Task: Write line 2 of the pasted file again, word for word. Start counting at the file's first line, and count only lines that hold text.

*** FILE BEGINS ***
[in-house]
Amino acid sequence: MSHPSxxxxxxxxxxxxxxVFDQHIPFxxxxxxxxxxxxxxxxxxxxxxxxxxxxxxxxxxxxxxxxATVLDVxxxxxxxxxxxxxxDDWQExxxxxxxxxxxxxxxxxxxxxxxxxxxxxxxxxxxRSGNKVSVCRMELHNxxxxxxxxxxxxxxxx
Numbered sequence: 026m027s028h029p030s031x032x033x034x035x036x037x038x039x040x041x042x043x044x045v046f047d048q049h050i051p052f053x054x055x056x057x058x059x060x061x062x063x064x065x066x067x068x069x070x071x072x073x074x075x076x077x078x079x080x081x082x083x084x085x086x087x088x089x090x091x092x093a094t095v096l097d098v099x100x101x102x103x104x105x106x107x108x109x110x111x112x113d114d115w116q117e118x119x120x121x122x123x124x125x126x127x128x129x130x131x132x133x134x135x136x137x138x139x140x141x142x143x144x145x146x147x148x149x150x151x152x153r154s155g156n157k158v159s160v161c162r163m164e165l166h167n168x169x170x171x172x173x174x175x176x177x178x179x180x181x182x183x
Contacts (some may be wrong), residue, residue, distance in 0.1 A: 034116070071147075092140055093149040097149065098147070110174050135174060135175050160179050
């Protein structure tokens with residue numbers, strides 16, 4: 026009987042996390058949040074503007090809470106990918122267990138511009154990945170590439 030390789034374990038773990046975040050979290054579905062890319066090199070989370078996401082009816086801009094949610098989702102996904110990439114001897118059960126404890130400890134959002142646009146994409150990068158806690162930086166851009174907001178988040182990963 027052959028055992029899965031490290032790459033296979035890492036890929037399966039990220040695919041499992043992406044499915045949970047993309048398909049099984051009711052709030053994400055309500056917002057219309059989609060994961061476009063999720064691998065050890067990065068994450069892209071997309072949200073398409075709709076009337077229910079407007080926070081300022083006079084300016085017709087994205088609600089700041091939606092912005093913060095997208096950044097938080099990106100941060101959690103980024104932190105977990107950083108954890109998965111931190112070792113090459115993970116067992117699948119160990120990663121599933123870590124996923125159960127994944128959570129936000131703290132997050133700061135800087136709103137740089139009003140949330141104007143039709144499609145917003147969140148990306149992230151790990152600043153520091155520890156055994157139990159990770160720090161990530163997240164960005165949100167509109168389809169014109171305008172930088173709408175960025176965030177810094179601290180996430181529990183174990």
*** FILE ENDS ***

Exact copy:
Amino acid sequence: MSHPSxxxxxxxxxxxxxxVFDQHIPFxxxxxxxxxxxxxxxxxxxxxxxxxxxxxxxxxxxxxxxxATVLDVxxxxxxxxxxxxxxDDWQExxxxxxxxxxxxxxxxxxxxxxxxxxxxxxxxxxxRSGNKVSVCRMELHNxxxxxxxxxxxxxxxx